By David Herscott
Attribution Management is the latest attempt by marketing technology companies to provide advertisers and their agencies with a solution for tracking and valuing the slew of advertisements that lead up to an Ecommerce sale. Attribution Management has a more complete definition, but beware: this site is a ClearSaleing blog, one of the early technology leaders in the space.
Currently the default methodology is “last click,” meaning that regardless of the marketing messages that a consumer is exposed to, the last click – whether it be search, display, affiliate, email or other – gets the credit for the sale. In some ways not much has changed since the advent of modern advertising – brand marketers are still fighting it out with direct marketers to get the kudos (and the lion’s share of the budget). However, thanks to technology we can now create an entire picture of brand interaction prior to sale – well, sort of.
The technology has come a long way in a relatively short period of time, and attribution management can be an effective tool for Ecommerce marketers on the hook to show ROAS/ROI. However, the current challenge has less to do with technology and more to do with developing industry-accepted methodologies.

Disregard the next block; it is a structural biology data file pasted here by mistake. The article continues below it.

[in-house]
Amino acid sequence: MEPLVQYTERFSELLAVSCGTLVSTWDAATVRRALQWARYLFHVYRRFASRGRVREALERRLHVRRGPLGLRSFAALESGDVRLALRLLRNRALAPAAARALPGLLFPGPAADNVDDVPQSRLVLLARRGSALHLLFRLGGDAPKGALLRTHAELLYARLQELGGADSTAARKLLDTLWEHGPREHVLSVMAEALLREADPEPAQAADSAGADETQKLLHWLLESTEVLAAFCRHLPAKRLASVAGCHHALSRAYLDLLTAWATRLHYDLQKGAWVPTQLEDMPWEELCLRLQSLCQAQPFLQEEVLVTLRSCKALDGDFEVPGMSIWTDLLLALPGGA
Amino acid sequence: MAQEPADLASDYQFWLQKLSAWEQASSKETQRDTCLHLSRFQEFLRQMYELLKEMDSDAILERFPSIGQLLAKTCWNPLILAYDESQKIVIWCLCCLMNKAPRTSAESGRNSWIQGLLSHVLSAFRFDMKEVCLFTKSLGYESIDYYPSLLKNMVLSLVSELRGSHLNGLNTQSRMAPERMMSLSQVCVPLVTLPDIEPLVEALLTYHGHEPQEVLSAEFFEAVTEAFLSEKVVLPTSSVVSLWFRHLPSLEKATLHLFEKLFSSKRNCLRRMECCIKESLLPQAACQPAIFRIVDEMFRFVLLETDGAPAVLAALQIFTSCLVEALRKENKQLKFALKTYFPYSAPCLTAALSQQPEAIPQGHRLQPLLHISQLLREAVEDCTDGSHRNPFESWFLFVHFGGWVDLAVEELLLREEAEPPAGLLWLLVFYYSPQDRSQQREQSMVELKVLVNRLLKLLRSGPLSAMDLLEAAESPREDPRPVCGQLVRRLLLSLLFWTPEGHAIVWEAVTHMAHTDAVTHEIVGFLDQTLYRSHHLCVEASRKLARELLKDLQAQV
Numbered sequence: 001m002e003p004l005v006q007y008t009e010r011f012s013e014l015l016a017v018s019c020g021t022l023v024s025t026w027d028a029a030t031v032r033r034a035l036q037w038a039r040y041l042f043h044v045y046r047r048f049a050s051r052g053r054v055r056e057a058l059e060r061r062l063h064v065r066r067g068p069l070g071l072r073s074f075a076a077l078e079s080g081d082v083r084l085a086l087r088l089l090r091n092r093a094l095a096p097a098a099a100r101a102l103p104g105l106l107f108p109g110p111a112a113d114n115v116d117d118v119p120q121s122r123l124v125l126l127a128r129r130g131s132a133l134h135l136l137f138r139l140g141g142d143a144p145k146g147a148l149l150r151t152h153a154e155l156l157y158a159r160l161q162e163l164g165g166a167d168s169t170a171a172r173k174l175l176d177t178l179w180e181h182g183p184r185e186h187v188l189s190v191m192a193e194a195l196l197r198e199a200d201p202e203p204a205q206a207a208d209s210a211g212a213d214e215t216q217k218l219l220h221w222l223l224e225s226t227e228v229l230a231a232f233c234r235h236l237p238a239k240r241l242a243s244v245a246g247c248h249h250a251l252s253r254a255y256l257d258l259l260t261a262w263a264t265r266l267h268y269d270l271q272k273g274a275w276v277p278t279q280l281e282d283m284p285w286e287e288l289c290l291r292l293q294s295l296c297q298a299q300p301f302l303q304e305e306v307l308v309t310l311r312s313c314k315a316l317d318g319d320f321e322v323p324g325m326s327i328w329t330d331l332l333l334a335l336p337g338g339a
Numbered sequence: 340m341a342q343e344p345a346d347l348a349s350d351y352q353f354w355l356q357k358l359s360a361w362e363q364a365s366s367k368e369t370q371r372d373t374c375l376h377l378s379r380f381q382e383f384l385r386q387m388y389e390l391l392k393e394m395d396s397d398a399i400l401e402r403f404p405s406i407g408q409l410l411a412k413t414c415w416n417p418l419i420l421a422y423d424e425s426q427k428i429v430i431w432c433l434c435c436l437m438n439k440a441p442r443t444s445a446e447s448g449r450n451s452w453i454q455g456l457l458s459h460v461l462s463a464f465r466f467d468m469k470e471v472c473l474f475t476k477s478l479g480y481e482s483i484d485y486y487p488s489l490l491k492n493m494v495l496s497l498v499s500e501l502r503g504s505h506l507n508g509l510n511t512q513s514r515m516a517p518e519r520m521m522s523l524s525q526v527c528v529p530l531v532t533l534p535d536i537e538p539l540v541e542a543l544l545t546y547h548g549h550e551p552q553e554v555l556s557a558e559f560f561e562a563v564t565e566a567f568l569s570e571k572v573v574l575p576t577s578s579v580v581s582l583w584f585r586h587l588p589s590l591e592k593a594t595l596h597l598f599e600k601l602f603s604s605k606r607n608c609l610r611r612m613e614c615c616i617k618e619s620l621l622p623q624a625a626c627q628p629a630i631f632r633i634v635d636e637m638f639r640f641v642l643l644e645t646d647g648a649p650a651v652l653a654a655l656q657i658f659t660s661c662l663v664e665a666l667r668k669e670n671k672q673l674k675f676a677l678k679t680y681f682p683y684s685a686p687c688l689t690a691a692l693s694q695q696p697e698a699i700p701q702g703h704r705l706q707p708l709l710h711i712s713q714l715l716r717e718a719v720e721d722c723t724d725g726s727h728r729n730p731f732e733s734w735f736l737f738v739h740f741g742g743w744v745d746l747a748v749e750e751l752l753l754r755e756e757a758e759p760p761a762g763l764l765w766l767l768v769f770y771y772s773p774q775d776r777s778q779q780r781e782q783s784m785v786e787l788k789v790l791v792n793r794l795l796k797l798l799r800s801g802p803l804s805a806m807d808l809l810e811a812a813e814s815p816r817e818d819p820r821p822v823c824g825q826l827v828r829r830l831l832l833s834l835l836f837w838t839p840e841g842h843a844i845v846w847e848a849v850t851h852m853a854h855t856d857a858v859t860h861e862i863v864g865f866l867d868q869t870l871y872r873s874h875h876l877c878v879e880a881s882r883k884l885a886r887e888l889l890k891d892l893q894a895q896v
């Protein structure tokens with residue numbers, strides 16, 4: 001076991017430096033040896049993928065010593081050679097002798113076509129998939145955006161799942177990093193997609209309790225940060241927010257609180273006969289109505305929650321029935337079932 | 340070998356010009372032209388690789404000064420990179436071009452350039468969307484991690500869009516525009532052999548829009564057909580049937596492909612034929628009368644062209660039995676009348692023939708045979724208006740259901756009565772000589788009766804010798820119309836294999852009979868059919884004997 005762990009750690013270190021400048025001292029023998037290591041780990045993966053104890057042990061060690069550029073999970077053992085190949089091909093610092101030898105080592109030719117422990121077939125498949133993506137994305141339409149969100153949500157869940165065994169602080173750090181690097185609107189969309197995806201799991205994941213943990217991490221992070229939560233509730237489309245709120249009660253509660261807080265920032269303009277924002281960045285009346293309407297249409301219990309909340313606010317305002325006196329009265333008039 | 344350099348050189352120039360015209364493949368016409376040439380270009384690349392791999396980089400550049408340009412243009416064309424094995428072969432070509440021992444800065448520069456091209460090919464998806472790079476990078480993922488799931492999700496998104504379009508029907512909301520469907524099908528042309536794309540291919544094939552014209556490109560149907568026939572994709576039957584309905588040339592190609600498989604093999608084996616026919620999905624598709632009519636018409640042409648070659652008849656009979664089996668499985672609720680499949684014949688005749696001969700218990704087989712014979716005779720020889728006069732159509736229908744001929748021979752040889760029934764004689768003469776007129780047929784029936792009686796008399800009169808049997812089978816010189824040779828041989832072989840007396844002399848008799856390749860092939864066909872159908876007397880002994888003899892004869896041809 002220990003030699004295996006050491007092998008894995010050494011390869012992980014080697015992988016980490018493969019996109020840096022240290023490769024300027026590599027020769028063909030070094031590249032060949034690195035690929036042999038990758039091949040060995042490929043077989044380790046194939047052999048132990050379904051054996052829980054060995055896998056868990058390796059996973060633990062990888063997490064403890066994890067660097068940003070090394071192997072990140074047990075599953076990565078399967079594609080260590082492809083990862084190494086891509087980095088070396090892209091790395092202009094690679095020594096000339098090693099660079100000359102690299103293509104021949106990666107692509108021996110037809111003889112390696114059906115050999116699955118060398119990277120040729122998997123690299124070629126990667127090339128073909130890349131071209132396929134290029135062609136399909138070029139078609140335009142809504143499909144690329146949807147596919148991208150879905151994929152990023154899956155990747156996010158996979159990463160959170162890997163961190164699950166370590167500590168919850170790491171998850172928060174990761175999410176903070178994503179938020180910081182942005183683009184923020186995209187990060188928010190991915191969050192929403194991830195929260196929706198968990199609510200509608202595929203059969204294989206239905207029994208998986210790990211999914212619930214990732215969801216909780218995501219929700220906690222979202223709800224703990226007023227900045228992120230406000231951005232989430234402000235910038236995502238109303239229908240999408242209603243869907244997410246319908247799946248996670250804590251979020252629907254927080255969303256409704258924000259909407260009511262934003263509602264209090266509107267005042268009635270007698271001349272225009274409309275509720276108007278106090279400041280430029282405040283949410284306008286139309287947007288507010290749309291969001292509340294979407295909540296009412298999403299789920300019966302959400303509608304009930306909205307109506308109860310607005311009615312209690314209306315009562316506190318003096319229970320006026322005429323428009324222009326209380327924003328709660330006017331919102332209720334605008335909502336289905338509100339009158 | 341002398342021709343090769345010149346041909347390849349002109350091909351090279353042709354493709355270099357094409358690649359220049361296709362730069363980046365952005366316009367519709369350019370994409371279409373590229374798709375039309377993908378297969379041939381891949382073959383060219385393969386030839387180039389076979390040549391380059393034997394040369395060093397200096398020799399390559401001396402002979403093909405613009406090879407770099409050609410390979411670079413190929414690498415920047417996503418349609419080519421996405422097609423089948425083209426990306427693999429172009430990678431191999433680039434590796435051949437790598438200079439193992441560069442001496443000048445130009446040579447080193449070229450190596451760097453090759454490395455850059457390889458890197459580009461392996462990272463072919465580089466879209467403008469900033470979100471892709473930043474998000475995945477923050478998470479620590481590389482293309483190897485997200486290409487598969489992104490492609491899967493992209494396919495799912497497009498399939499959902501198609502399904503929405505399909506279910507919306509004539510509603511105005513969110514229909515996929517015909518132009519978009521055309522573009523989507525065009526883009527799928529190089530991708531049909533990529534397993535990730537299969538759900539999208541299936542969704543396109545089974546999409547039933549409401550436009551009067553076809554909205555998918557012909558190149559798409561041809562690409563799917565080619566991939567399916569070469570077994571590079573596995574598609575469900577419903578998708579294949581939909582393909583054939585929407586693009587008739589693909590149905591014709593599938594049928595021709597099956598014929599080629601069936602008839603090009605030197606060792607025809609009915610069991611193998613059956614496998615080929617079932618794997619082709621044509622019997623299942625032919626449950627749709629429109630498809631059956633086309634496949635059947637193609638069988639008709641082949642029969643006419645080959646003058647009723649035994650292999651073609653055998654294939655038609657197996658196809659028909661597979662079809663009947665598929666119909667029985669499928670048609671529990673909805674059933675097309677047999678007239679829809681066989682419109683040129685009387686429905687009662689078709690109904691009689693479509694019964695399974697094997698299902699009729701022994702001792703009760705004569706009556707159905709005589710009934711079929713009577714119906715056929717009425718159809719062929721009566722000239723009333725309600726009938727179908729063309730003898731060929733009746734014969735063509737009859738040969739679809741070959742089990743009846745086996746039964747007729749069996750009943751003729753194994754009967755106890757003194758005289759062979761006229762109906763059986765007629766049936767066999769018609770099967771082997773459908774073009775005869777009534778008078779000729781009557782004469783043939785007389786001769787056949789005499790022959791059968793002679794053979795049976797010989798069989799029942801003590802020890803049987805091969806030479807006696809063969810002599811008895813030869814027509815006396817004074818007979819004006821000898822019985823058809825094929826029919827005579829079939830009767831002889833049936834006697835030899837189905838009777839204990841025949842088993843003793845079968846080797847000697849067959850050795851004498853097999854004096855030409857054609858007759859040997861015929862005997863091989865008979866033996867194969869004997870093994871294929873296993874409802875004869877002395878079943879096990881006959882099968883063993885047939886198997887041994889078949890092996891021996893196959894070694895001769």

If you look at the early leaders – ClearSaleing (now a GSI/ebay company), C3 Metrics, Convertro and Adometry (you can even check out Visual IQ and Atlas) – you’ll notice that they all use similar attribution models. These models loosely include last click, equal attribution (eg 25/25/25/25); and a weighted-model that looks something like this: 60% credit to first exposure, 30% split among the second, third and/or fourth exposures and 10% to the last click. These companies also offer “custom models” which are algorithms based on prior results.
Whats wrong with the current models? Last click provides no real value – any basic web-analytics solution will give you that. Equal attribution is not based on anything other than indecision. The weighted model is interesting but I have yet to see any compelling consumer-behavior data that supports this model. The custom model obviously has the most promise but I think that technology providers need to be more transparent about how the model works so that we, as marketers, can make better decisions.
David Herscott is a Managing Partner at NetX. Contact David at David@netx.com.